By Brady Dennis
Washington Post Staff Writer
Thursday, March 19, 2009
WILTON, Conn., March 18 -- A solitary flat-screen television hangs on the back wall of the trading floor inside the headquarters of AIG Financial Products here. Wednesday afternoon, the most-talked-about employees in America huddled around it to find out just how despised they have become.
They watched quietly as members of Congress referred to them as greedy and incompetent. They heard more than one demand that their names be released to the seething American public. They heard the chairman of American International Group, Edward M. Liddy, tell lawmakers that people, in e-mails sent to AIG-FP, suggested that the firm's leaders "should be executed with piano wire around their necks."
The evening before, the firm's chief operating officer, Gerry Pasciucco -- whom Liddy recruited in November from Morgan Stanley to shut down Financial Products before it could do more harm to the economy -- had gathered them together in the same spot.
Pasciucco urged them to keep their heads down, to act professionally and to continue working to extricate Financial Products from its more than $1.6 trillion in outstanding derivative contracts. He acknowledged that the past few days have been like being "inside the piñata."
In reply, they told him that they worried mostly about getting shot, despite the guards now patrolling the parking lot, the front door and some of their homes.
A sense of fear hung in the room -- the palpable, unsettling kind that flashes across people's eyes. But there was anger, too. No one would express it publicly, of course. Who wants to hear a wealthy financier complain? And yet, within those walls off Danbury Road lies a deep sense of betrayal -- first by their former colleagues, now by their elected leaders.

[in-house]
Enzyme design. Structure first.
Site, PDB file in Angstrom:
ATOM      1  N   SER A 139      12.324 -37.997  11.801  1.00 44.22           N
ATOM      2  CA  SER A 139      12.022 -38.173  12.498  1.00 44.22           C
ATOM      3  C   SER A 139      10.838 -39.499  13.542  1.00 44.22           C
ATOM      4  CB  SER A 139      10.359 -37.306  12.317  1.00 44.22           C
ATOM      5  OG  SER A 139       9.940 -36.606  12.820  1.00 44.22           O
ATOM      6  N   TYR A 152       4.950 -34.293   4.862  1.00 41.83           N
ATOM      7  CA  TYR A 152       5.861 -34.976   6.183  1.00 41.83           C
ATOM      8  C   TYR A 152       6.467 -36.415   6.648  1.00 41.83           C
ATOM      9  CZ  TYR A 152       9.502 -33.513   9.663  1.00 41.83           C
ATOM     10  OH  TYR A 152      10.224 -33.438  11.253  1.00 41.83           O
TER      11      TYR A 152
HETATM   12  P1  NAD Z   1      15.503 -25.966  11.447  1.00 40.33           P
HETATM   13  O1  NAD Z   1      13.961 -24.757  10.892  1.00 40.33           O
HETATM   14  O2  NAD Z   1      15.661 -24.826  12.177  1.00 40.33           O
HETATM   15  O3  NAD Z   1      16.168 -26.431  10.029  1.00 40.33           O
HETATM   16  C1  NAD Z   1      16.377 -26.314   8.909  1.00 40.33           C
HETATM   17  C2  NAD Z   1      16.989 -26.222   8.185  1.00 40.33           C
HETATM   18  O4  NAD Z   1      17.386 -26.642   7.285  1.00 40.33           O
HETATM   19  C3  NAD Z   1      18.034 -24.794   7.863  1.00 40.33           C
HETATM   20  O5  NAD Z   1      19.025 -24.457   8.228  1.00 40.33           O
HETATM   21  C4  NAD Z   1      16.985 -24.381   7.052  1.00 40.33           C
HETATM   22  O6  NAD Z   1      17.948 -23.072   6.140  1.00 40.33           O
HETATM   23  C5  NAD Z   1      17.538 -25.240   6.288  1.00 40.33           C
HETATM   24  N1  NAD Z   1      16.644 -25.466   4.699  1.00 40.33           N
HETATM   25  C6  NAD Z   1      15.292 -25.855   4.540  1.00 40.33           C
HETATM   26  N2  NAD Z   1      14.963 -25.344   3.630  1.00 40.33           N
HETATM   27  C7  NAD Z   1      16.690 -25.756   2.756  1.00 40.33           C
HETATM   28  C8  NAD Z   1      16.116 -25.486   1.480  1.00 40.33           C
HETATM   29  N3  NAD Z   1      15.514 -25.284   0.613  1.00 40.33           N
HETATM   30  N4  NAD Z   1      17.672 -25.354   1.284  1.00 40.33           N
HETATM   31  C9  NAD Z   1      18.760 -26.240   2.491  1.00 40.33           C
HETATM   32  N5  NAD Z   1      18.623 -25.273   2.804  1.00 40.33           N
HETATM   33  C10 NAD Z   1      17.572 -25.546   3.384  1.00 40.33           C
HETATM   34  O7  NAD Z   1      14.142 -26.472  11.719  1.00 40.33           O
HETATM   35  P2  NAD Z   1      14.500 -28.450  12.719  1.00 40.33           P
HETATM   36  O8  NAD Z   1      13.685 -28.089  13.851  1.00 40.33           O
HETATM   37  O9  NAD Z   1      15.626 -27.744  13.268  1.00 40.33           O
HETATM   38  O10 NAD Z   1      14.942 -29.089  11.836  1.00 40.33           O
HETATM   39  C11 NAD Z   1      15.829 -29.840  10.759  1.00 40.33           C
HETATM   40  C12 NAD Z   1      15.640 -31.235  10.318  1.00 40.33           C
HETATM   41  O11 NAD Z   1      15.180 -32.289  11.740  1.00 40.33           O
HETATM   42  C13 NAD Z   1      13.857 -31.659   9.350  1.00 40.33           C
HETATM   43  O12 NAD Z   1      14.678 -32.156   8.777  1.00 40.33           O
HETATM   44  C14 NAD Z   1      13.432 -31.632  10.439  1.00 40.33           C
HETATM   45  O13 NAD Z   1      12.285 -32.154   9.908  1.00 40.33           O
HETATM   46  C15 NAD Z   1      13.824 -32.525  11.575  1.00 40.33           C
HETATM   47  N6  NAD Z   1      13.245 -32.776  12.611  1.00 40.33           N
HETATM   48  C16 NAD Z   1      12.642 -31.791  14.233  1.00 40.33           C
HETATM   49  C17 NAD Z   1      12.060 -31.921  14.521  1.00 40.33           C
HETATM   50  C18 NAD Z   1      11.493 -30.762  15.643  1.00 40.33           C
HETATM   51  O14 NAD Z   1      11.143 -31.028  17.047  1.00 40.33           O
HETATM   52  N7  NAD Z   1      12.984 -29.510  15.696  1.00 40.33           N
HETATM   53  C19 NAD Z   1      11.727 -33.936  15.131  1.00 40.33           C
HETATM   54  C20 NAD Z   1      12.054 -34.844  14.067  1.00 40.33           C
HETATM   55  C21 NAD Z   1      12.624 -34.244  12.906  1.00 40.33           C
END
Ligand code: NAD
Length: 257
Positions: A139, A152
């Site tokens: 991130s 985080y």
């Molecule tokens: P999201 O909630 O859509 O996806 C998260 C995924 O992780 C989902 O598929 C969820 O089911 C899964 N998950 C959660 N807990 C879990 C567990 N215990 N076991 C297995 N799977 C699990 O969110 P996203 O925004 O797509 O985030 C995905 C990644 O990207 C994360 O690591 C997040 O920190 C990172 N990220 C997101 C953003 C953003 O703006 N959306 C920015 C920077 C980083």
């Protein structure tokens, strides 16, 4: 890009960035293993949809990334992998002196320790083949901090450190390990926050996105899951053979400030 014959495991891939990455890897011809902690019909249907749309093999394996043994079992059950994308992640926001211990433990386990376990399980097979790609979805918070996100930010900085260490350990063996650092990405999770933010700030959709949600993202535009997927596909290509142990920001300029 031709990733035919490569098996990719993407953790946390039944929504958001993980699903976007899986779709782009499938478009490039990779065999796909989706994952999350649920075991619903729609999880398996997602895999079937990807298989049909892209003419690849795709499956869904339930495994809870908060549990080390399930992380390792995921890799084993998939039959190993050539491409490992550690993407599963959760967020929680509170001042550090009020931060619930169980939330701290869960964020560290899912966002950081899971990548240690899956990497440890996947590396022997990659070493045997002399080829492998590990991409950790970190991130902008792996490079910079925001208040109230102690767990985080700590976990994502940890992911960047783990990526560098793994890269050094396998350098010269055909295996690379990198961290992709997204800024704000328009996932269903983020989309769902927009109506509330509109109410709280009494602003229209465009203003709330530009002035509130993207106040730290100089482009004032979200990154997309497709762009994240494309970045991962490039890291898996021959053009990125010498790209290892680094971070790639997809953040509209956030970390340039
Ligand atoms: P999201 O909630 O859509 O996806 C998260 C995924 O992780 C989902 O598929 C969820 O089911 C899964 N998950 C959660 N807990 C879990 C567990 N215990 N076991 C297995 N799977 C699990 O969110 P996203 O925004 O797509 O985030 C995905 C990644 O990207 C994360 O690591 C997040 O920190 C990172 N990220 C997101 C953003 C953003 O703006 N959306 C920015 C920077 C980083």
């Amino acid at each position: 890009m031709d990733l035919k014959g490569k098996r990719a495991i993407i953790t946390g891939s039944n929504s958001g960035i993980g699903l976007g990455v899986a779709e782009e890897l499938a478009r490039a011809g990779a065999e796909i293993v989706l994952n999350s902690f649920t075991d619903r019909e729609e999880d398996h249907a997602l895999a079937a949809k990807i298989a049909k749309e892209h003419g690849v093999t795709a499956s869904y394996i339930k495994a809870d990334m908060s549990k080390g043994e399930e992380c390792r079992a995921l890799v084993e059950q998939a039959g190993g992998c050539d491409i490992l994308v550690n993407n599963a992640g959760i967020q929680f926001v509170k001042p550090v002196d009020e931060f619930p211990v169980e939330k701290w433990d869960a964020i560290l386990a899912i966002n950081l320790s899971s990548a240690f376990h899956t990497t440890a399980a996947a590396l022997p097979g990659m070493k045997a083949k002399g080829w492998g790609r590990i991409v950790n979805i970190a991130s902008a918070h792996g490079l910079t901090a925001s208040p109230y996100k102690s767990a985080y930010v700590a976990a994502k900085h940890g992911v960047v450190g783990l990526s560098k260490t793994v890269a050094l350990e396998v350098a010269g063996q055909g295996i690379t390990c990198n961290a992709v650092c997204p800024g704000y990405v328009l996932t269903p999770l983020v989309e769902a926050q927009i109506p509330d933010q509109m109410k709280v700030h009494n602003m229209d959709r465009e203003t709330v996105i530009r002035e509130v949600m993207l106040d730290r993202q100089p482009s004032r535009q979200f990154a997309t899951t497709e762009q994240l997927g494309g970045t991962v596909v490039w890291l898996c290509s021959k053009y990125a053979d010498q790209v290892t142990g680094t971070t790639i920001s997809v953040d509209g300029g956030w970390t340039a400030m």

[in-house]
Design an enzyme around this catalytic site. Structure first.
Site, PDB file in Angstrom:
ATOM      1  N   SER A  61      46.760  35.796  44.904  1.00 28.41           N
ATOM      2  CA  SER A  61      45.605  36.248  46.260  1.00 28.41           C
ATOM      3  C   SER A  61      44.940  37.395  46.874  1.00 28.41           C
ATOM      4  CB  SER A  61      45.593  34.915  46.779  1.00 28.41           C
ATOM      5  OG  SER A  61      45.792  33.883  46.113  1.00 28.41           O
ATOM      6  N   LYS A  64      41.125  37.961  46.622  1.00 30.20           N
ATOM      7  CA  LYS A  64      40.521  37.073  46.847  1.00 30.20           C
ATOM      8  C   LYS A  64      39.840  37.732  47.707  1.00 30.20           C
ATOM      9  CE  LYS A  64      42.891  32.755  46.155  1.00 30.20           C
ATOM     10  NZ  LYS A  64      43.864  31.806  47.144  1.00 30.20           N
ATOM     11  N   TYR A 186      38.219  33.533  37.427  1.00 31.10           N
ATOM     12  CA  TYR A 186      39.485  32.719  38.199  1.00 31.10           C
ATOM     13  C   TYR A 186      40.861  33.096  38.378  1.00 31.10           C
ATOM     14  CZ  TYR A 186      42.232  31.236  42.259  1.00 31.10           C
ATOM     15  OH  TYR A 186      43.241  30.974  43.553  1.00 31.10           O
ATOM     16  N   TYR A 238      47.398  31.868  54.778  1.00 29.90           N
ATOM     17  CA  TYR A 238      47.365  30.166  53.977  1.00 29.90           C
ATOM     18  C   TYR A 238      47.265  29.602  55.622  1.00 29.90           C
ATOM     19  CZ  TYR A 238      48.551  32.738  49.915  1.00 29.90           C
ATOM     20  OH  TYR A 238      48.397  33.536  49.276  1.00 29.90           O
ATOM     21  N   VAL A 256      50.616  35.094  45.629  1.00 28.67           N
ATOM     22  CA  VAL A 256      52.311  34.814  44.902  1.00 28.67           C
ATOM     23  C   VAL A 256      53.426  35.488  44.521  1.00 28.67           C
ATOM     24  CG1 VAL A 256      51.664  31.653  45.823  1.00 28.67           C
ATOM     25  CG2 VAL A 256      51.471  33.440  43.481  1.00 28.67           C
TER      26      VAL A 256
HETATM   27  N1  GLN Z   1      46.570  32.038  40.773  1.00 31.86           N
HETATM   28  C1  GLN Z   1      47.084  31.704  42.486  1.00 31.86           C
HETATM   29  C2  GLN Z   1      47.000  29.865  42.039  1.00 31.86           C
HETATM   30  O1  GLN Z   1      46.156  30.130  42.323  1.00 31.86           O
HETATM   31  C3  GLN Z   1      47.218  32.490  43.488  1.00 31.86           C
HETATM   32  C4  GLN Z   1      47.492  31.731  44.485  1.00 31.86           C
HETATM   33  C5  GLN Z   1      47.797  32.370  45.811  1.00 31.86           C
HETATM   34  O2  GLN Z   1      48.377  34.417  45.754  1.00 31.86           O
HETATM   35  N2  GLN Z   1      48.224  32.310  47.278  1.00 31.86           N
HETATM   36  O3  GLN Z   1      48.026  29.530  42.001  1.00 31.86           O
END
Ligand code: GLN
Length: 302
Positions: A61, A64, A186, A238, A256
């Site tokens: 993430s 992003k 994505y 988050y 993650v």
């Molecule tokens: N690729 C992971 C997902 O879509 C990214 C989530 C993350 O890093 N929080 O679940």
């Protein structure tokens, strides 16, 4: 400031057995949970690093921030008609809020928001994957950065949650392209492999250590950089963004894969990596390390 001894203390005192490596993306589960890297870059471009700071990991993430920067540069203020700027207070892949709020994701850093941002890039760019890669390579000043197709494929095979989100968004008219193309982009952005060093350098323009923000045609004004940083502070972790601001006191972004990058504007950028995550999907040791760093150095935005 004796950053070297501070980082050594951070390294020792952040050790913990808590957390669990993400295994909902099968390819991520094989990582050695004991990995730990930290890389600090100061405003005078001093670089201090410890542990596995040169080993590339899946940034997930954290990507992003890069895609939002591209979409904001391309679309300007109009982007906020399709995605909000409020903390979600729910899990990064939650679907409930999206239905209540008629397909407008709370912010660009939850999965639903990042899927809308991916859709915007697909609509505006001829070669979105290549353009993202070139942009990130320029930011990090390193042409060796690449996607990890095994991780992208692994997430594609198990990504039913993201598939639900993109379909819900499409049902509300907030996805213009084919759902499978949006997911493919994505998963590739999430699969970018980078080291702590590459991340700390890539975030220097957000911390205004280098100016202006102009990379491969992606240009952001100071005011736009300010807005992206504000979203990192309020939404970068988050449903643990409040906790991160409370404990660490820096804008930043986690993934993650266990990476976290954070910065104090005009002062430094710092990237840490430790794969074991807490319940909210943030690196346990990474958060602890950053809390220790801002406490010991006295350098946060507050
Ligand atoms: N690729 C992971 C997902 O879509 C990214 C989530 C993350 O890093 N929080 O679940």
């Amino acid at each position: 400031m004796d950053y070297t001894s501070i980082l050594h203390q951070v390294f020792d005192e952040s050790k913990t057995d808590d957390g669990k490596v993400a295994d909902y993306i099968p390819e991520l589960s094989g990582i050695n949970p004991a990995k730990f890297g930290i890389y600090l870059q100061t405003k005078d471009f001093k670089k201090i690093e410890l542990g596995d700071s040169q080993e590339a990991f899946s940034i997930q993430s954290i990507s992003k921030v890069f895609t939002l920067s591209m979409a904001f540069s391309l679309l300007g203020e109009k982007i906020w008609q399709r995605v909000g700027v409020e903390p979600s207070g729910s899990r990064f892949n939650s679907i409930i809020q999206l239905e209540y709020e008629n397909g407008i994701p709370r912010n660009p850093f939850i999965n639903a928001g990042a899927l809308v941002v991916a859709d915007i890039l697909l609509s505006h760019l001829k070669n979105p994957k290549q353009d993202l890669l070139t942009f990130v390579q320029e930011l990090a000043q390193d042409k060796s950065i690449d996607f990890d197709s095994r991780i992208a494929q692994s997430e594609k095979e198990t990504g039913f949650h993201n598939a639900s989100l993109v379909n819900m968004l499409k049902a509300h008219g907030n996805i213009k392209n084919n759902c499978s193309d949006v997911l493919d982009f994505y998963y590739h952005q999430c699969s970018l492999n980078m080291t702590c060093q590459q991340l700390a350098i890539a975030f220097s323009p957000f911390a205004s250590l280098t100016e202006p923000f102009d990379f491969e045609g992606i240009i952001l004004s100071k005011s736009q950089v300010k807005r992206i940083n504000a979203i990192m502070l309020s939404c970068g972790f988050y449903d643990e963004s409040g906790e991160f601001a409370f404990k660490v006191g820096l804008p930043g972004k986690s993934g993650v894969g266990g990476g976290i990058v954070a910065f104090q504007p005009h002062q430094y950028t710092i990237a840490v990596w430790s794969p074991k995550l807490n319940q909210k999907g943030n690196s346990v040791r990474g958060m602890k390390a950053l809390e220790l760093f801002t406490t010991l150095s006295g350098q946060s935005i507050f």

The handful of souls who championed the firm's now-infamous credit-default swaps are, by nearly every account, long since departed. Those left behind to clean up the mess, the majority of whom never lost a dime for AIG, now feel they have been sold out by their Congress and their president.
"They've chosen to throw us under the bus," said a Financial Products executive, one of several who spoke on condition of anonymity, fearing reprisals. "They have vilified us."
They say what is missing from this week's hysteria is perspective. The very handsome retention payments they received over the past week were set in motion early last year when the firm's former president, Joe Cassano, was on his way out the door. Financial Products was already running into trouble on its risky credit bets, and the year ahead looked grim. People were weighing offers from other firms, and AIG executives feared that too many departures could lead to disaster.
So AIG stepped in with an offer to employees of Financial Products. Work through all of 2008, and you'd get a lump payment in March 2009. Stick around through 2009, and you'll get paid through 2010. Almost all other forms of compensation -- bonuses, deferred payments and the like -- have vanished.
"People are trying to do the right thing," the same Financial Products executive said. "Guys have worked their [tails] off to try to get value for the taxpayer. This isn't money that's being advanced to us. People have performed the work and done it exactly as we asked them to do."
Pasciucco cringed at the notion, articulated by many lawmakers and even President Obama, that Financial Products is a firm of nearly 400 reckless and greedy derivatives traders.